The purpose of the SANE Program Development and Operation Guide (Guide) is to provide a blueprint for nurses and communities that would like to start a Sexual Assault Nurse Examiner (SANE) program. For communities with existing SANE programs, the Guide serves as a resource to help expand or enhance services provided to the community. This Guide is designed to both complement and integrate resources that already exist.

The guidance, through a series of detailed case examples, advises law enforcement agencies to incorporate the following principles into clear policies, comprehensive training and effective supervision protocols:

  • Recognize and address biases, assumptions and stereotypes about victims.
  • Treat all victims with respect and employ interviewing tactics that encourage a victim to participate and provide facts about the incident.
  • Investigate sexual assault or domestic violence complaints thoroughly and effectively.
  • Appropriately classify reports of sexual assault or domestic violence.
  • Refer victims to appropriate services.
  • Properly identify the assailant in domestic violence incidents.
  • Hold officers who commit sexual assault or domestic violence accountable.
  • Maintain, review and act upon data regarding sexual assault and domestic violence.

This practitioner focused report of findings from a national research project on Sexual Assault Response Team functioning and effectiveness.

The full version of the technical research report to the National Institute of Justice is available online.
Scientific publications of the data in peer-reviewed journals with full methodological details are also available.

The 2014 Fall & Winter edition of The Resource celebrates the 20th anniversary of the Violence Against Women Act.

Vice President Joe Biden recently deemed VAWA his “proudest legislative achievement.” In an article inside this issue, a legal advocate gives an inside look at what it was like to work on the second iteration of the landmark legislation in 1998.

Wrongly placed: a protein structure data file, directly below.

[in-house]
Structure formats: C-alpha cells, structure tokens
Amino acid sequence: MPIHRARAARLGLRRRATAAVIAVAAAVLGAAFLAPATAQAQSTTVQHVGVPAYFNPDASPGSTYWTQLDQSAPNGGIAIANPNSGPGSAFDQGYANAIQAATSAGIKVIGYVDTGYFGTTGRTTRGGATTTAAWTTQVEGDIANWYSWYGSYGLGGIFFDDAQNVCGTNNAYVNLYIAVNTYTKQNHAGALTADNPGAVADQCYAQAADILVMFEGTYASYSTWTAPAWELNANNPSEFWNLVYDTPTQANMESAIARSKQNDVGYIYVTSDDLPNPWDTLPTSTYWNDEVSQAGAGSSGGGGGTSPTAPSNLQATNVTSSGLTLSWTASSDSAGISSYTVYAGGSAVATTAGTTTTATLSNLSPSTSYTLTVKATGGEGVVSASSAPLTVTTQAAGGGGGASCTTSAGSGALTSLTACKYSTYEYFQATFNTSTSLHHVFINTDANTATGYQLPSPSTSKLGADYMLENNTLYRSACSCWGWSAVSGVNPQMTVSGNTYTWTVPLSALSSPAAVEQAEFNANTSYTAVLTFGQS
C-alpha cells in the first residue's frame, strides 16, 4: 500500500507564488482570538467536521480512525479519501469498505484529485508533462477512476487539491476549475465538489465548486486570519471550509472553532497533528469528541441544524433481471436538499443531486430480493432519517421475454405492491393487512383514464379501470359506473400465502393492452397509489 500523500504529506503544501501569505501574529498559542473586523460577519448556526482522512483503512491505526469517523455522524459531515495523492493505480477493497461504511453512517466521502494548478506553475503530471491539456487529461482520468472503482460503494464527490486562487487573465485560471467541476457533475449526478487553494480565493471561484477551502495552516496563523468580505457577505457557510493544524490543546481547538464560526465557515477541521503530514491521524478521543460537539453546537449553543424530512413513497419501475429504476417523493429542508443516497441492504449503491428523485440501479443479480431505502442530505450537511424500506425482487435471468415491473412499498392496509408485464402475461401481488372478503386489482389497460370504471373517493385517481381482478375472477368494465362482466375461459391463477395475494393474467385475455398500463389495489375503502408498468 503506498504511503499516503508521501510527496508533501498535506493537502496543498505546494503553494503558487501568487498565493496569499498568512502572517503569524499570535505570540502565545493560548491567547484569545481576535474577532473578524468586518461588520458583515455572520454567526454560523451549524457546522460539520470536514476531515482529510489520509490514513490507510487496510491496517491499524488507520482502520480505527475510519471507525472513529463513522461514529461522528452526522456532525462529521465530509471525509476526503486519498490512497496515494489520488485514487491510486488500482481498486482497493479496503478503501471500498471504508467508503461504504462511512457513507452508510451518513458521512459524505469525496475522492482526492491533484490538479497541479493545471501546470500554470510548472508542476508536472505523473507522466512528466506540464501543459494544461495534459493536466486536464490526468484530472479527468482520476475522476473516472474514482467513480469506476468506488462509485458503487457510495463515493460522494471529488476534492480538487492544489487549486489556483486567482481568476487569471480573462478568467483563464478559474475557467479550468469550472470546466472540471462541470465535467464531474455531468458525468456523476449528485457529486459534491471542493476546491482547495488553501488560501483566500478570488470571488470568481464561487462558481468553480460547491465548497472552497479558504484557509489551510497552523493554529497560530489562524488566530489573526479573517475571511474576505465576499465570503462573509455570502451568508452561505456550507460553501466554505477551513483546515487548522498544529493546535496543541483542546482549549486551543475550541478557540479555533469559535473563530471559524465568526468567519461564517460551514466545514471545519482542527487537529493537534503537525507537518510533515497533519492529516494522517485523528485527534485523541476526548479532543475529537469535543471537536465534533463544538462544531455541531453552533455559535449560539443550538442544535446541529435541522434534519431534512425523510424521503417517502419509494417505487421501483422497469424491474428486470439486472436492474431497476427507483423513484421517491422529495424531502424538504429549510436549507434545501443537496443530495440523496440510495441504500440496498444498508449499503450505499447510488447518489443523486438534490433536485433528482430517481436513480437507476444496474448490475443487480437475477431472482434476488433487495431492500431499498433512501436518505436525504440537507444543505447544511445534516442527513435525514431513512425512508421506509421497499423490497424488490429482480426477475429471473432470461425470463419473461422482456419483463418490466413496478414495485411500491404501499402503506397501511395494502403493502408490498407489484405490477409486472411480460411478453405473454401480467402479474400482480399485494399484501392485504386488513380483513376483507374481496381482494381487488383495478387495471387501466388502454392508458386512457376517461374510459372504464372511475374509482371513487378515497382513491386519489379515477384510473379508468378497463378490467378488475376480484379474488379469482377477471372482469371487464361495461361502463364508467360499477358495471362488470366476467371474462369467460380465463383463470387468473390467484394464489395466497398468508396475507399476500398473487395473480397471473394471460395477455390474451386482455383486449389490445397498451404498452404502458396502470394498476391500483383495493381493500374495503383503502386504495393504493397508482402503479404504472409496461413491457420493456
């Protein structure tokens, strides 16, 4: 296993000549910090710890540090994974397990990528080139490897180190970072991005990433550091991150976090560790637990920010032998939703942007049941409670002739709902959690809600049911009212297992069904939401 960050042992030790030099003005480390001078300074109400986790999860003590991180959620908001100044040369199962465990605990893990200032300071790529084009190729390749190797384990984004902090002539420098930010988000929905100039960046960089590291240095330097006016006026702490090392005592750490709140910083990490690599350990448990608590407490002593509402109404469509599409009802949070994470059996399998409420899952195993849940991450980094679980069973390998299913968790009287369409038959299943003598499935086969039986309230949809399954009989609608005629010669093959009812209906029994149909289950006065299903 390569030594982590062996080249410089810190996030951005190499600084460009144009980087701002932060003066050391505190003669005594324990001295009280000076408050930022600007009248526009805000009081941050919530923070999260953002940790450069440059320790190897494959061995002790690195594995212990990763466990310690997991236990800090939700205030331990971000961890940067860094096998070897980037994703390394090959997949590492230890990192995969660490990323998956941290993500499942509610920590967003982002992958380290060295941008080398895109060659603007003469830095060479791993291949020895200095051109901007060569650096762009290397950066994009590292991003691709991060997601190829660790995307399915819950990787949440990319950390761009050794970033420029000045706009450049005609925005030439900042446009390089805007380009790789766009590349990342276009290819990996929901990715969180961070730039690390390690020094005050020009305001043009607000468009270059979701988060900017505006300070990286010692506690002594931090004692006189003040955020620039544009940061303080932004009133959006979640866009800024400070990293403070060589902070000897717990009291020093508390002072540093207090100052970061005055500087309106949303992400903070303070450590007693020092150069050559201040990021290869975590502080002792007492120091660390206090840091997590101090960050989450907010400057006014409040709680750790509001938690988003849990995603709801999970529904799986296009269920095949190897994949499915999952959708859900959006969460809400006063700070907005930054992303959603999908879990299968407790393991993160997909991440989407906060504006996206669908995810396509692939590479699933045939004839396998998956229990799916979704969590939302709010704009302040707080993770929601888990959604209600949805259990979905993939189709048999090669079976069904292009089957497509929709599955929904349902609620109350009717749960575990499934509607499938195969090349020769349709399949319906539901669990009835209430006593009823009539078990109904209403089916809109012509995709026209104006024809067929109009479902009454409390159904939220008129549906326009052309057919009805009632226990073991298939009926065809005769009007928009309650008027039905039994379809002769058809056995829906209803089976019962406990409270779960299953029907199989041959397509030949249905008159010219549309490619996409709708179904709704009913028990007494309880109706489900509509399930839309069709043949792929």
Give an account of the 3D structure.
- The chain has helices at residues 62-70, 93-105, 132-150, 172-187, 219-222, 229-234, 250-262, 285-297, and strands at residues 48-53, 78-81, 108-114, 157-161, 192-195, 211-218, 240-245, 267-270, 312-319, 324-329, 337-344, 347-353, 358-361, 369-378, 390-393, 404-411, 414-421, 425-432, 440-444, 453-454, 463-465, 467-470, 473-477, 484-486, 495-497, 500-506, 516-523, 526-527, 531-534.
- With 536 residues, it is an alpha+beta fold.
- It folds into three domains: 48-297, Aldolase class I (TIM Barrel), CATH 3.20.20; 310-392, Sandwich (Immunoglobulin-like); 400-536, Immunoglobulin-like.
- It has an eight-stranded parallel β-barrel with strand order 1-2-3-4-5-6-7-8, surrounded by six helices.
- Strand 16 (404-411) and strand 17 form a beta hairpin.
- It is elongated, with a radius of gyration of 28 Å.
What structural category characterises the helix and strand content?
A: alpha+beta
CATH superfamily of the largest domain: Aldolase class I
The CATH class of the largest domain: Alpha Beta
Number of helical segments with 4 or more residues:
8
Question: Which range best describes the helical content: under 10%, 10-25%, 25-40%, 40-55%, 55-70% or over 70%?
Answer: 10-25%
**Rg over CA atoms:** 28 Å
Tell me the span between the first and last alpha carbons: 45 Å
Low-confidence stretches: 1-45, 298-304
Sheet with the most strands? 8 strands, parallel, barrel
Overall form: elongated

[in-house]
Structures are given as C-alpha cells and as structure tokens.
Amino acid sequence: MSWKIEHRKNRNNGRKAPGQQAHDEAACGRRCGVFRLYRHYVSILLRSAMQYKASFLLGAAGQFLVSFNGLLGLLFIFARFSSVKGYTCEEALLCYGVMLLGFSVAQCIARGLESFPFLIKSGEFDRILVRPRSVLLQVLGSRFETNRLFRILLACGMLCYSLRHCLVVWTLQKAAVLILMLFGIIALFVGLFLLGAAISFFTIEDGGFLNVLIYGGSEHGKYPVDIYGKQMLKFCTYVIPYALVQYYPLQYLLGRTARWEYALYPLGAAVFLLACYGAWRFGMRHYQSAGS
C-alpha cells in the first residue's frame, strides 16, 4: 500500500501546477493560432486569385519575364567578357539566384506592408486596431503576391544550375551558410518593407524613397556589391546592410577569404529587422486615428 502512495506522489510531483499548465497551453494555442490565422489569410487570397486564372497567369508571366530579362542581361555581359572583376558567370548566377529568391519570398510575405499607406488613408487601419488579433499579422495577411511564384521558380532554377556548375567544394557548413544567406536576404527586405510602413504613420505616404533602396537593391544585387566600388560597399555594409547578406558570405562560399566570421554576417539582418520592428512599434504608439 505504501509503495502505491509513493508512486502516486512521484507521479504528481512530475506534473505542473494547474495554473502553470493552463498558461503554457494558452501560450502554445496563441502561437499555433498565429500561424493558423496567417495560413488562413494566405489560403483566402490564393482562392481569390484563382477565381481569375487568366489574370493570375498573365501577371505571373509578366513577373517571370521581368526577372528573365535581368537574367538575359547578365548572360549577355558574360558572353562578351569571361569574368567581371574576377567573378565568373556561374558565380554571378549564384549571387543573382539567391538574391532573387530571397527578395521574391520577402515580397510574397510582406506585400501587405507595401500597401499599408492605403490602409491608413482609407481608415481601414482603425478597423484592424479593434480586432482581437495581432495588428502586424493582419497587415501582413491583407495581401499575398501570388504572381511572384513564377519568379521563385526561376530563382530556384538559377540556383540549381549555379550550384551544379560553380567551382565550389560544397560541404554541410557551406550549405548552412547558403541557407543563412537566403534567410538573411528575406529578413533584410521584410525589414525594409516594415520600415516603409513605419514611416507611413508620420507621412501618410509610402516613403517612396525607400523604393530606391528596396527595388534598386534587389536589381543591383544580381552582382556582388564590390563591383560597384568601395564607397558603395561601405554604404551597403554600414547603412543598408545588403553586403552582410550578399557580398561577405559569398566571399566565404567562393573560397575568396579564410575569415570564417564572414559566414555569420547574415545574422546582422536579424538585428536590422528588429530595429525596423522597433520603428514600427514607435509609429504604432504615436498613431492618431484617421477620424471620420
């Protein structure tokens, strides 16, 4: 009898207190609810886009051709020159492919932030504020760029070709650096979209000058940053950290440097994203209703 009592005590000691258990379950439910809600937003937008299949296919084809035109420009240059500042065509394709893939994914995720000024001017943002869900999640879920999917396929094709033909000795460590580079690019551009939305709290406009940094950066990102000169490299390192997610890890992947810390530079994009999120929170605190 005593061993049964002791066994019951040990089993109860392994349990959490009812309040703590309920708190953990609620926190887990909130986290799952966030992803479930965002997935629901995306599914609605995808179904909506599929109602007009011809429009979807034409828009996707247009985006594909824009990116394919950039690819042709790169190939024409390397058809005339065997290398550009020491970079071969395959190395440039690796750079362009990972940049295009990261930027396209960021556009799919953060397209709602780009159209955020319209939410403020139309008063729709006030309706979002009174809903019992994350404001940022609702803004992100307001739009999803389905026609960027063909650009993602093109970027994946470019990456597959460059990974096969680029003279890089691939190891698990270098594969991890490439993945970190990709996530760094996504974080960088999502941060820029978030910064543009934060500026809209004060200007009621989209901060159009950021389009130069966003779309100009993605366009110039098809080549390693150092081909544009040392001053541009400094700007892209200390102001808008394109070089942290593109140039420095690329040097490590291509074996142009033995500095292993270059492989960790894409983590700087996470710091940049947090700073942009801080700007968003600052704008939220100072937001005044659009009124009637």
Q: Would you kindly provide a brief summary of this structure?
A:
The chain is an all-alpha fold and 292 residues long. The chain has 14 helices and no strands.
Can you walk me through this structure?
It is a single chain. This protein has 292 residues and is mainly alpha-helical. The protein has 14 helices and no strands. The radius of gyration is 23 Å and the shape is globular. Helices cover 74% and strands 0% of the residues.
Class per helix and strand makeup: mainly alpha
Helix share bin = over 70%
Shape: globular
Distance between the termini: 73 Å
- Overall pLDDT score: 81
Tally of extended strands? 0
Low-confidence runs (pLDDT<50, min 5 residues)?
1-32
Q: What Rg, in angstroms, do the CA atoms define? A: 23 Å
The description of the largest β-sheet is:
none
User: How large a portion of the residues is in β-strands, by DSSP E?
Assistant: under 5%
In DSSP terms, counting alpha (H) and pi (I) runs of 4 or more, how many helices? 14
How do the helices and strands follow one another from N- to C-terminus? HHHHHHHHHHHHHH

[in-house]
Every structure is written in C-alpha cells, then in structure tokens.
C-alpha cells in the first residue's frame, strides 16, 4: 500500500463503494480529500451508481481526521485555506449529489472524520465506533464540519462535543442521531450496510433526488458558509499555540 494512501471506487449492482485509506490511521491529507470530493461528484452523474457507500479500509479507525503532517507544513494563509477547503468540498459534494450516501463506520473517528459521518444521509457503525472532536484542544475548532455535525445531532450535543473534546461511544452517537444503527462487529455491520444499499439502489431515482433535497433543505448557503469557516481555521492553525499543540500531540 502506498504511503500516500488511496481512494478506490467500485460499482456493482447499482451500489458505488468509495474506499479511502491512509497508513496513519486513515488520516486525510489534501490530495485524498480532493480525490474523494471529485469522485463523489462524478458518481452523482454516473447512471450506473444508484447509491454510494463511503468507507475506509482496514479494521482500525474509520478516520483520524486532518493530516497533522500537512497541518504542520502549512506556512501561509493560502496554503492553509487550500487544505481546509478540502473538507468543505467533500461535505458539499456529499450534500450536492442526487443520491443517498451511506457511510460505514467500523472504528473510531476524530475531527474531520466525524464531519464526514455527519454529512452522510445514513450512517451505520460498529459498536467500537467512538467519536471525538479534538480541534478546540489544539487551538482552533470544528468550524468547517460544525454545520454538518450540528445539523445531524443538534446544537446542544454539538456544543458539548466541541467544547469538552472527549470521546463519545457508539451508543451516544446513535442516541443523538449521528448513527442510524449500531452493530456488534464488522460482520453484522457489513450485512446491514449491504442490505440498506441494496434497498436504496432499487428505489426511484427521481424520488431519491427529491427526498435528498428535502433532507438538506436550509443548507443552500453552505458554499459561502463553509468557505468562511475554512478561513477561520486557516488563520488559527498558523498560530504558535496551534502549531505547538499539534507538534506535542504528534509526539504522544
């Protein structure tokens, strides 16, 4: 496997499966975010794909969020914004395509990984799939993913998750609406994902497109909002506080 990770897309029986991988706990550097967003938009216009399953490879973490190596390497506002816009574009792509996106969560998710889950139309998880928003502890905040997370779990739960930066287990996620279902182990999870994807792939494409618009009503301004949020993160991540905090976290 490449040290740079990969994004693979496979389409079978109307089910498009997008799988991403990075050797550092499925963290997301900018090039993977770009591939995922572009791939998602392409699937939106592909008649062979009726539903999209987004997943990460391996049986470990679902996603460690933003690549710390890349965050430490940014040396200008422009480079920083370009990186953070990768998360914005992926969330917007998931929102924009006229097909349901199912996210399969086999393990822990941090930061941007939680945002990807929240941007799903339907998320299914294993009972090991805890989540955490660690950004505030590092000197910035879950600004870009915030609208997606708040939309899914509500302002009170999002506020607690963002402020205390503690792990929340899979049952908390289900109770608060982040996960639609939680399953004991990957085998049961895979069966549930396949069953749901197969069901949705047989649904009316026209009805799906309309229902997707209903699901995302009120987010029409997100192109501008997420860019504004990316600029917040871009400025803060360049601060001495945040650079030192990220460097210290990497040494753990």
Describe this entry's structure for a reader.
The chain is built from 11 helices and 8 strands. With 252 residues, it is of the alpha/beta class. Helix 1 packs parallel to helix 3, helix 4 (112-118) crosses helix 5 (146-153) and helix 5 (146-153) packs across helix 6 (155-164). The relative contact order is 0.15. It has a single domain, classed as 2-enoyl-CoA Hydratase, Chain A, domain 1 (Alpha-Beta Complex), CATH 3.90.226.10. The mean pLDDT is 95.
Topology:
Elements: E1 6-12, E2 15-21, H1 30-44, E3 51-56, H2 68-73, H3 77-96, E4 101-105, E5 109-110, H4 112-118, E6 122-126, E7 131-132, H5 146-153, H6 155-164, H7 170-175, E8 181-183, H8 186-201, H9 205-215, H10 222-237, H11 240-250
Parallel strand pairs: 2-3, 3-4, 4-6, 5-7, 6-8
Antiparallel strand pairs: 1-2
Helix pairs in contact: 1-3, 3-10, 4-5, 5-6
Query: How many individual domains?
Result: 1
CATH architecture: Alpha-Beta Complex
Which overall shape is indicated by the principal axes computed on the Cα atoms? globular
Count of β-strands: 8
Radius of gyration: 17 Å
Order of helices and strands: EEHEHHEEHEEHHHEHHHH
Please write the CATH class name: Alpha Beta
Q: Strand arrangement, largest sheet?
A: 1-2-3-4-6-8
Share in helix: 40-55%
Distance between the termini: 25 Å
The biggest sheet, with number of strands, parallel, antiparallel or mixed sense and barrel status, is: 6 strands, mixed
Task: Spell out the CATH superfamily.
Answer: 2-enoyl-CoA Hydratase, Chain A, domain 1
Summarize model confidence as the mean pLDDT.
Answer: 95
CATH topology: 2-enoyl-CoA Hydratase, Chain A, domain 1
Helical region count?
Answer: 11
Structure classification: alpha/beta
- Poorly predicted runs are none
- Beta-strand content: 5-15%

Other topics covered in this issue include:

  • Primary prevention: It’s for everyone, so how can we make getting started more accessible?
  • Community Voices: We asked members of the anti-sexual violence movement to tell us their favorite ways to practice self-care.
  • Racism: Becoming an anti-racist organization is a process; let’s begin.
  • Evaluation: It’s important to evaluate our prevention work. But how can we do that effectively?

There’s even more inside! Want to read about a topic we haven’t covered? Send your idea to resources@nsvrc.org. Thanks for reading.

This document, written by Hallie Martynuik, provides infomation on steps to created an institution based SART as well as lessons learned.

 

This guide provides information that will help in responding to transgender survivors of sexual assault in a way that is helpful, informed, and supportive.

Access the guide.

This study examined the structure and functioning of U.S. SARTs, patterns of SART implementation and how these patterns relate to SARTs perceived effectiveness at improving victim and legal outcomes.

The Violence Against Women Act of 2005 requires that sexual assault victims must not be required to file law enforcement reports in order to receive free exams. This study examined how states are meeting these goals. It found that victim compensation funds are by far the largest funder of exams across the country. In the 19 jurisdictions included in case studies, victims generally received free exams without having to report if they did not want to. However, barriers to even accessing the exam prevent some victims from seeking help.

Read full report.

Download June 12, 2014 Webinar Powerpoint Slides

Read related policy briefs:

 

 

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